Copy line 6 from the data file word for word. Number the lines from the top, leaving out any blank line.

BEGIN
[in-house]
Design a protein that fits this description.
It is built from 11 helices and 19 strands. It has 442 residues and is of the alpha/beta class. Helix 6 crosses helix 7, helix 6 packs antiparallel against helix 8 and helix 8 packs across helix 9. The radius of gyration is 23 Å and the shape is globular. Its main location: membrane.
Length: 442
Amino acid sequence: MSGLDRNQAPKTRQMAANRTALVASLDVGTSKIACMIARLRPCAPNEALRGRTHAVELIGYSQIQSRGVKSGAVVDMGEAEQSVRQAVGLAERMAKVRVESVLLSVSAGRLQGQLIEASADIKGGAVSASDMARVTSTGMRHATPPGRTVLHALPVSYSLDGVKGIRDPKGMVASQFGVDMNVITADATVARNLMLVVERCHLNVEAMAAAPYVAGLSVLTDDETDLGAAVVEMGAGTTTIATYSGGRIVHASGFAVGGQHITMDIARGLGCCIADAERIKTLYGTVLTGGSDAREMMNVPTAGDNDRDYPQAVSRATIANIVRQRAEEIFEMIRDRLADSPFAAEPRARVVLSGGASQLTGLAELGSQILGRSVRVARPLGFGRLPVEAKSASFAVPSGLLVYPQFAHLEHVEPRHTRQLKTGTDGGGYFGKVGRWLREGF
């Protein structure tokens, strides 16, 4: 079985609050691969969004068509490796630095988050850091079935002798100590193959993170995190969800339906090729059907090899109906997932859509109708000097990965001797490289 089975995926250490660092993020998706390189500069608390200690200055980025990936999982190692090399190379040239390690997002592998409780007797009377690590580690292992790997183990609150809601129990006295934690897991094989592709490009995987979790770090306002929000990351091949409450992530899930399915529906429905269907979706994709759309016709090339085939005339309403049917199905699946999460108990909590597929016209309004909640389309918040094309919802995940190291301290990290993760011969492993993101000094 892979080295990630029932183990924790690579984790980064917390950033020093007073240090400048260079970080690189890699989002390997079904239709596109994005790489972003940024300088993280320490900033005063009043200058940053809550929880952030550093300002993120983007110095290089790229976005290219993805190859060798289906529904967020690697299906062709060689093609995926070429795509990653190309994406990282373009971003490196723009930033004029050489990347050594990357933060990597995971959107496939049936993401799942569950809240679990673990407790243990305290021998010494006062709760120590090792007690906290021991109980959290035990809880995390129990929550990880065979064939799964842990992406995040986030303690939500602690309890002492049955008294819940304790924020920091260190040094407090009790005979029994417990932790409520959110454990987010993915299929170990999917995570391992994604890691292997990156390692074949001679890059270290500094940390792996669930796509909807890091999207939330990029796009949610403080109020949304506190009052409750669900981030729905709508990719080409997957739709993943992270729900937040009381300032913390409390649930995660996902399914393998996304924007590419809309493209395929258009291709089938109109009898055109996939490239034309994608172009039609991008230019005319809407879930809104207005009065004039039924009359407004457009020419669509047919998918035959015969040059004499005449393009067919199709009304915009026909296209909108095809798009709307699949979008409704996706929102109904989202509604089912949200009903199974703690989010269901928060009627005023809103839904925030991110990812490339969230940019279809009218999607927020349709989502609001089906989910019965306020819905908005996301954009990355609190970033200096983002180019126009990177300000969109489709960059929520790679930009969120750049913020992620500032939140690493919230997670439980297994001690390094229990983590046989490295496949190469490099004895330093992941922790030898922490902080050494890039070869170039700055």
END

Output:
């Protein structure tokens, strides 16, 4: 079985609050691969969004068509490796630095988050850091079935002798100590193959993170995190969800339906090729059907090899109906997932859509109708000097990965001797490289 089975995926250490660092993020998706390189500069608390200690200055980025990936999982190692090399190379040239390690997002592998409780007797009377690590580690292992790997183990609150809601129990006295934690897991094989592709490009995987979790770090306002929000990351091949409450992530899930399915529906429905269907979706994709759309016709090339085939005339309403049917199905699946999460108990909590597929016209309004909640389309918040094309919802995940190291301290990290993760011969492993993101000094 892979080295990630029932183990924790690579984790980064917390950033020093007073240090400048260079970080690189890699989002390997079904239709596109994005790489972003940024300088993280320490900033005063009043200058940053809550929880952030550093300002993120983007110095290089790229976005290219993805190859060798289906529904967020690697299906062709060689093609995926070429795509990653190309994406990282373009971003490196723009930033004029050489990347050594990357933060990597995971959107496939049936993401799942569950809240679990673990407790243990305290021998010494006062709760120590090792007690906290021991109980959290035990809880995390129990929550990880065979064939799964842990992406995040986030303690939500602690309890002492049955008294819940304790924020920091260190040094407090009790005979029994417990932790409520959110454990987010993915299929170990999917995570391992994604890691292997990156390692074949001679890059270290500094940390792996669930796509909807890091999207939330990029796009949610403080109020949304506190009052409750669900981030729905709508990719080409997957739709993943992270729900937040009381300032913390409390649930995660996902399914393998996304924007590419809309493209395929258009291709089938109109009898055109996939490239034309994608172009039609991008230019005319809407879930809104207005009065004039039924009359407004457009020419669509047919998918035959015969040059004499005449393009067919199709009304915009026909296209909108095809798009709307699949979008409704996706929102109904989202509604089912949200009903199974703690989010269901928060009627005023809103839904925030991110990812490339969230940019279809009218999607927020349709989502609001089906989910019965306020819905908005996301954009990355609190970033200096983002180019126009990177300000969109489709960059929520790679930009969120750049913020992620500032939140690493919230997670439980297994001690390094229990983590046989490295496949190469490099004895330093992941922790030898922490902080050494890039070869170039700055």